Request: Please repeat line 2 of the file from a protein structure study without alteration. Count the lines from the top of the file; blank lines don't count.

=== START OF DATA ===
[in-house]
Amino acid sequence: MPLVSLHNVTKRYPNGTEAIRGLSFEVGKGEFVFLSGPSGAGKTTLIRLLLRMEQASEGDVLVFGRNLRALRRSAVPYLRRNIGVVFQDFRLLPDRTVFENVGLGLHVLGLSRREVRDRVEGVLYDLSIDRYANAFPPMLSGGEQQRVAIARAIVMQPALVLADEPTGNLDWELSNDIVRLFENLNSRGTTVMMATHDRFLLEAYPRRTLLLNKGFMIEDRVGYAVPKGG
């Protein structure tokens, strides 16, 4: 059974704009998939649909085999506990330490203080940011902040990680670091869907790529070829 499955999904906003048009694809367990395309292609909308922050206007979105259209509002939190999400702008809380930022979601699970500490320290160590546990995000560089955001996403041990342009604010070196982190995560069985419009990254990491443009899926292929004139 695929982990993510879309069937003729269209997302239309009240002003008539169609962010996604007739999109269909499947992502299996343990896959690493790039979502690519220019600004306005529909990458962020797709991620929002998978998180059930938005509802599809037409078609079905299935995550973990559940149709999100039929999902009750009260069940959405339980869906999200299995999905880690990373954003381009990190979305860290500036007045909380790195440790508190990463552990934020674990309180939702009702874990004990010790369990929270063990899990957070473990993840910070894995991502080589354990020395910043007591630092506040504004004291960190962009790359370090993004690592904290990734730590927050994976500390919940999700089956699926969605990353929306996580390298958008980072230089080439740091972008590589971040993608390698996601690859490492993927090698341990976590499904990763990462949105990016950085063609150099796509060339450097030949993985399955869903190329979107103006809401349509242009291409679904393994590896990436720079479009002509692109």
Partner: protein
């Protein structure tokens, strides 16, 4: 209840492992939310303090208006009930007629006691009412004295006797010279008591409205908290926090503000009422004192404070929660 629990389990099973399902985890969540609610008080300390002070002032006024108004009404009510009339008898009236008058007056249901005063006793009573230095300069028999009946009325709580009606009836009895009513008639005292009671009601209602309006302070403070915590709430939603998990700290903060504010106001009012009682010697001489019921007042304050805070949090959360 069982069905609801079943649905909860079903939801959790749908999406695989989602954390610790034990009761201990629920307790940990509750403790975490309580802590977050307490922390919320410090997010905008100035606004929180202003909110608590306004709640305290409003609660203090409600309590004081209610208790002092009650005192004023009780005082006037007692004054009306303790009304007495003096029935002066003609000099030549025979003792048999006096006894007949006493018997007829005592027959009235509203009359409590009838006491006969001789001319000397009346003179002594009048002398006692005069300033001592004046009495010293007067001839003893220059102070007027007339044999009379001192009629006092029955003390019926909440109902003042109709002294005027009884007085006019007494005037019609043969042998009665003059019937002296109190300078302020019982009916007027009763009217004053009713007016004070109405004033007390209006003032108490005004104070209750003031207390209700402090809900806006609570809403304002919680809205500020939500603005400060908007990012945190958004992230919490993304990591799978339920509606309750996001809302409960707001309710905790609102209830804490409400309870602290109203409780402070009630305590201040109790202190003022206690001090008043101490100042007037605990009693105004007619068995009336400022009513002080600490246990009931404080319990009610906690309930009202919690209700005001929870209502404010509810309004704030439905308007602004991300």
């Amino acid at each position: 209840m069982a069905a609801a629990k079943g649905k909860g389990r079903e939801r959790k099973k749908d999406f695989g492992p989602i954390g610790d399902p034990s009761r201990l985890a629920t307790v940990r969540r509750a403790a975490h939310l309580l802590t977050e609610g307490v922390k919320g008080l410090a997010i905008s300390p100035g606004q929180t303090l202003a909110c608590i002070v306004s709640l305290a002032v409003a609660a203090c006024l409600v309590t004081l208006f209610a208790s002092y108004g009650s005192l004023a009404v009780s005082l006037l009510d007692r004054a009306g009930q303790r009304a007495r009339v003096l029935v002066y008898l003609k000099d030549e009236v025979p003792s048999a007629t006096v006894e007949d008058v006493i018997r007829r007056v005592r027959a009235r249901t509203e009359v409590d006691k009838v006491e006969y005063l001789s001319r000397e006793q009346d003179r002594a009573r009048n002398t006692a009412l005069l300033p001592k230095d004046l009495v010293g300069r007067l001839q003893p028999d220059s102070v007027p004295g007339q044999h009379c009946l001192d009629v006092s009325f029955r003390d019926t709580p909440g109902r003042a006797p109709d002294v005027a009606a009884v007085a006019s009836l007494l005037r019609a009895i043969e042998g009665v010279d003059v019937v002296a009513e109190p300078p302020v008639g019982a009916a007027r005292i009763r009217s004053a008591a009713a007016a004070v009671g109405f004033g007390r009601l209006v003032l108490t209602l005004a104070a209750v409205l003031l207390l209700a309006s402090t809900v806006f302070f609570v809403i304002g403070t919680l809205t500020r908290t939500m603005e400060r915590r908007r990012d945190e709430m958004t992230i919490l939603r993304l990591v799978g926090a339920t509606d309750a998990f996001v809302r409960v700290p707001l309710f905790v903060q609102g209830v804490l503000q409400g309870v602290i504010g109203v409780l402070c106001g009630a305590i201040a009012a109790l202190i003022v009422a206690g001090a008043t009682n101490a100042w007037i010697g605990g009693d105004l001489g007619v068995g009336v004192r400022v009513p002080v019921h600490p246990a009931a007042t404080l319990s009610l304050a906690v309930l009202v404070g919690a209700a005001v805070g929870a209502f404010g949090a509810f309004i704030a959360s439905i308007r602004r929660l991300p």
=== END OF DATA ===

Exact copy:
Amino acid sequence: MPLVSLHNVTKRYPNGTEAIRGLSFEVGKGEFVFLSGPSGAGKTTLIRLLLRMEQASEGDVLVFGRNLRALRRSAVPYLRRNIGVVFQDFRLLPDRTVFENVGLGLHVLGLSRREVRDRVEGVLYDLSIDRYANAFPPMLSGGEQQRVAIARAIVMQPALVLADEPTGNLDWELSNDIVRLFENLNSRGTTVMMATHDRFLLEAYPRRTLLLNKGFMIEDRVGYAVPKGG